However, from watching countless k-dramas, I have seen that in the past few years there has been a significant change in this respect. Nowadays it’s mostly the comic characters do it, or when they want to show that it’s a simple, unrefined, coarse person. You will rarely see the male lead do such a thing. The girl, sometimes, when she’s of the corresponding background, coming from a working-class family etc. And because they generally like the female leads to look clumsy, impulsive, ill-mannered and humiliate themselves, whereas the male lead is usually a refined cold chaebol, used to international travel and international etiquette.

Lastly. Some things are plain bad and it’s not a matter of respect to point them out. Like the excessive drinking, the stigma on single parents, divorcees and so on. We shouldn’t be ashamed, because of political correctness and so-called cultural respect, to point out these.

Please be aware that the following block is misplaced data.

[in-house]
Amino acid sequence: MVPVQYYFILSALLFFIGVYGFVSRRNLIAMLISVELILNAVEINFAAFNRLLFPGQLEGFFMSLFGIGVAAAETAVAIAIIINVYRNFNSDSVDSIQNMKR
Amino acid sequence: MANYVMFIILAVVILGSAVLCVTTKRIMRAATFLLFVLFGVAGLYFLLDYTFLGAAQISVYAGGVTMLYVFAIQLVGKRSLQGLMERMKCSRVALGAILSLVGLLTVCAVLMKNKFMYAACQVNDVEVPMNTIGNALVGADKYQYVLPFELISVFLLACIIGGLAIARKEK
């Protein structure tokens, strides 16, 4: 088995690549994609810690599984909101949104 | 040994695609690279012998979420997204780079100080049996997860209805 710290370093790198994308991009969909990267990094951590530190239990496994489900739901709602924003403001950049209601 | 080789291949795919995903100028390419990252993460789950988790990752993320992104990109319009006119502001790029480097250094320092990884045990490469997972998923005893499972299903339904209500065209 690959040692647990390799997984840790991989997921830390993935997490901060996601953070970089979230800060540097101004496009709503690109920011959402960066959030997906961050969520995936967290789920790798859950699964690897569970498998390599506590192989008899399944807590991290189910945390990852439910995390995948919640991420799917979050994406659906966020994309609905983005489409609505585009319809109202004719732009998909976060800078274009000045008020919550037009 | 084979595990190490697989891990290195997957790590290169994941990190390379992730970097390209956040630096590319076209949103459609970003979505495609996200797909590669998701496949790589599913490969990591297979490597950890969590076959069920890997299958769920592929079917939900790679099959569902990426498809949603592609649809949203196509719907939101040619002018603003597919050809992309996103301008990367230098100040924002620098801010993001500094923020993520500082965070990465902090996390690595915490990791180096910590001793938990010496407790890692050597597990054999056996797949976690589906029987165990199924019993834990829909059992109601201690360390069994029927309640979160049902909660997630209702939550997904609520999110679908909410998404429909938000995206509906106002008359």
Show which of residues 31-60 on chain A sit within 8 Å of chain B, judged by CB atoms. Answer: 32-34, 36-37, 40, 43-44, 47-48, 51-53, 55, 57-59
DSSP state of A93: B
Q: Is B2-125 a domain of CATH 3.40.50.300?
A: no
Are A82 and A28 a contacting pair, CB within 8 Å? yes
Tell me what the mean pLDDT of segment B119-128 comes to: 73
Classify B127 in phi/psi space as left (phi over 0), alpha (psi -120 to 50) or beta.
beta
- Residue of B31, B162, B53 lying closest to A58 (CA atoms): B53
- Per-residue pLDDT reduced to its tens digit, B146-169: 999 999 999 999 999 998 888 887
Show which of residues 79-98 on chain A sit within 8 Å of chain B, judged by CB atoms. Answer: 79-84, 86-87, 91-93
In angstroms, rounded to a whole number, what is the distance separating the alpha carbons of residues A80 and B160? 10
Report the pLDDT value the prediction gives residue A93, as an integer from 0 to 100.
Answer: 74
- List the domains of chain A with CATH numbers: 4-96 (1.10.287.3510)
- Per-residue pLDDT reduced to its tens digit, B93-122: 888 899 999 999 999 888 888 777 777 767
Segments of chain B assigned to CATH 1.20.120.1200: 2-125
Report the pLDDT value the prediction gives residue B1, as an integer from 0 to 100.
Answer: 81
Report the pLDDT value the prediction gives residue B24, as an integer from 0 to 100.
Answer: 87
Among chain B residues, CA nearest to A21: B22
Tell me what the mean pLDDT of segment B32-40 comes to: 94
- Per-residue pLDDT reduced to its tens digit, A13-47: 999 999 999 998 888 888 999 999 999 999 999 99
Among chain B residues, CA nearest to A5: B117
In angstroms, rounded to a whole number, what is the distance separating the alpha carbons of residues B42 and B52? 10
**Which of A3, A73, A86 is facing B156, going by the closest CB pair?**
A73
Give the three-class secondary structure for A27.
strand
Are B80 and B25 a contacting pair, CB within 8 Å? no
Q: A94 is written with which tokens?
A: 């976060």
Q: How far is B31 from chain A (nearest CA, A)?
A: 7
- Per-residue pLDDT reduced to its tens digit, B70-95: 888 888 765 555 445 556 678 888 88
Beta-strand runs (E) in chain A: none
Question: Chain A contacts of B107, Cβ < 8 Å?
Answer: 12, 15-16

Surely smacking of the mouth, super-stuffing the mouth, speaking with said super-stuffed mouth and often spitting its contents out of surprise on the face of the person in front, are not on the same level as stigmatizing unwed mothers. But still if they gradually stopped doing it, it wouldn’t be a huge loss. And we could go back to enjoying food while watching dramas.


The Chinese fantasy and historical dramas are usually not like that. I only saw such a thing in a Chinese story of modern days, one scene with a male lead character and 1-2 other scenes with a side character who was something like a lunatic martial arts genie or so.

In the other modern dramas I watched it was similar to Western standards besides the noodle soup slurping xD

Something that seems to be a thing for Chinese dramas instead of sex/romantic scenes are scenes like that: